Erickson received his permits and began working on his sanctuary. His decision to create a new park in the Bayview District of San Francisco brought with it the hope of more open space in an area of the city that is deprived of this land use element. “According to data from the Department of Recreation and Parks and the Neighborhood Parks Council, a San Francisco non-profit organization, only the tip of Heron’s Head Park and the San Francisco Port’s Warm Water Cove are available to the approximately 16,906 residents living within a 1-mile radius. The San Francisco general plan states that the City along with the state and federal government has “dedicated to open space approximately 4,090 acres, or 5.5 acres per 1,000 San Francisco residents” (SFGP, 2004, Policy 2.1). This designation has apparently over looked the Bayview District.
Erickson received a grant worth $30,000 towards the implementation of his plan to replace the natural habitat of his small sanctuary. With this grant he surveyed and documented the habitat in the area and well as collaborated with other volunteer agencies such as Youth In Action to have stewardship days (Erickson, 2004). The habitat survey found species that were rare in the San Francisco Area. Erickson’s urban garden also gave a refuge to the pacific chorus frog whose song can be heard on his website. The Muwekma Ohlone Sanctuary was also a favorite field trip locale for area schools. Erickson stated that he believed the connection to the water was a unique experience for these youths due to so many parks being land locked (Erickson, 2004).
On November 22, 2001, Erickson’s oasis came crashing down. A contractor working on MUNI’s new Third Street Light Rail drilled into a sewage pipe and split the sanctuary in two (Lowenthal, ). Erickson turned to MUNI to accept responsibility for the destruction of the southern waterfront habitat and although MUNI representatives stated that they would take care of the situation, it is three years later and the restoration process has not yet begun. Patrick Goggin, Erickson’s attorney, stated, “the sanctuary has recovered enough money to cover the damage and labor.” This money will be coming from the City of San Francisco who is committed to working with a community organization to restore the sanctuary. Unfortunately there is no community organization that is the official leaseholder. Erickson is working with Neighborhood Parks Council to discuss their willingness to hold the lease on this site (Erickson, 2004). Despite the City’s efforts to help this urban garden recover, Goggin pointed out that there are continuing problems with the pipe that was broken and there is no use in renovating until the City fixes the pipe (Goggin, 2004).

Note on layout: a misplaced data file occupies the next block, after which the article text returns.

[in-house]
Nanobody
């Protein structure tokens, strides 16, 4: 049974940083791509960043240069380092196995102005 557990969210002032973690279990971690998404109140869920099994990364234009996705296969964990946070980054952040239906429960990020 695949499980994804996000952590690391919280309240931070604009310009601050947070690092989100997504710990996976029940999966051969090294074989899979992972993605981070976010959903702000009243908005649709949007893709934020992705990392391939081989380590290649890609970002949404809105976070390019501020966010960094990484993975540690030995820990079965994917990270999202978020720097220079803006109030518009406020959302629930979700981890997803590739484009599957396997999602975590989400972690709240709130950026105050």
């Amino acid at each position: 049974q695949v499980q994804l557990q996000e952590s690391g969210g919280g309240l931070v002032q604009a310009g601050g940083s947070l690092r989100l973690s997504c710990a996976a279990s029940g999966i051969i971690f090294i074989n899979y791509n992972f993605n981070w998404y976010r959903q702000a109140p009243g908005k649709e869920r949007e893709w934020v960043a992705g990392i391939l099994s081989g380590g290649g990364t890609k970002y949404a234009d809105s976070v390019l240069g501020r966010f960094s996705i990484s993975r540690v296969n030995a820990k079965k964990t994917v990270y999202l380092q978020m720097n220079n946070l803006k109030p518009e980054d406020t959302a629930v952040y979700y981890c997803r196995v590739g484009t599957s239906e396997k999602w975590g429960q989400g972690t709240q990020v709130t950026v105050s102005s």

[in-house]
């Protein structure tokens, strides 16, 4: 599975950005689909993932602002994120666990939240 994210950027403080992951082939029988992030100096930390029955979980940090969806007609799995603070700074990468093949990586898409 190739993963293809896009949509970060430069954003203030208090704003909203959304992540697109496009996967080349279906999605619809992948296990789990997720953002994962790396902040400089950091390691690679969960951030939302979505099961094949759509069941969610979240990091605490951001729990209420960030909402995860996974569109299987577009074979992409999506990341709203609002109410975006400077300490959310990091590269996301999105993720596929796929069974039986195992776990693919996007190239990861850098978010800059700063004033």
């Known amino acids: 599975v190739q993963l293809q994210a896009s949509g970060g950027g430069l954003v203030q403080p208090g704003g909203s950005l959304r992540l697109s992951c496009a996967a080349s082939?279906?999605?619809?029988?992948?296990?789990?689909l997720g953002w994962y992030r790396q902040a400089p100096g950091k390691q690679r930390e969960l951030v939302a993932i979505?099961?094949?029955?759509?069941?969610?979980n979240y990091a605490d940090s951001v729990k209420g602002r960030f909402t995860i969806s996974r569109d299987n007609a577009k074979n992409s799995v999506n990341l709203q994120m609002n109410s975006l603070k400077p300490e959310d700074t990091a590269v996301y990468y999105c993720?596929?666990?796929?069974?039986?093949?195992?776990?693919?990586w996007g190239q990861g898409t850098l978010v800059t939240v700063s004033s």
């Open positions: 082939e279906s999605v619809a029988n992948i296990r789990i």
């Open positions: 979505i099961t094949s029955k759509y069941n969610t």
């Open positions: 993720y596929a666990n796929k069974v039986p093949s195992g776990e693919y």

The Muwekma Ohlone Sanctuary filled a void in the Bayview District provided a place for leisure, education and community building. Erickson stated that over the years more than one hundred volunteers have worked to maintain the garden. The unique characteristics in this sanctuary have been decimated but will return when the City of San Francisco and the developer work together to return this urban garden to its former state of grace.
Urban gardens are scattered throughout the City of San Francisco but some neighborhoods have been left out of this greening. Land use planners must no longer discount these areas but work with city planners and the community to provide a natural environment for all city dwellers. These community havens are not just pieces of land; they provide much needed benefits to neighborhoods that have been hardest hit by the effects of sprawl. They give residents a place to meet and develop their communities, educate themselves and others, have leisure and recreation time as well as gain access to nutrition that is severely lacking. Urban gardens counteract the social and environmental injustices in the cities due to the land use plan of sprawl. The case studies found that community members can truly make a difference in developing urban gardens. Urban gardening has been proven to be very adaptable. They can develop on brownfield sites, along industrial waterfronts and even in local schools. With all of these available design elements and benefits, urban gardens can no longer be denied as advantageous and necessary as a land use element for our cities.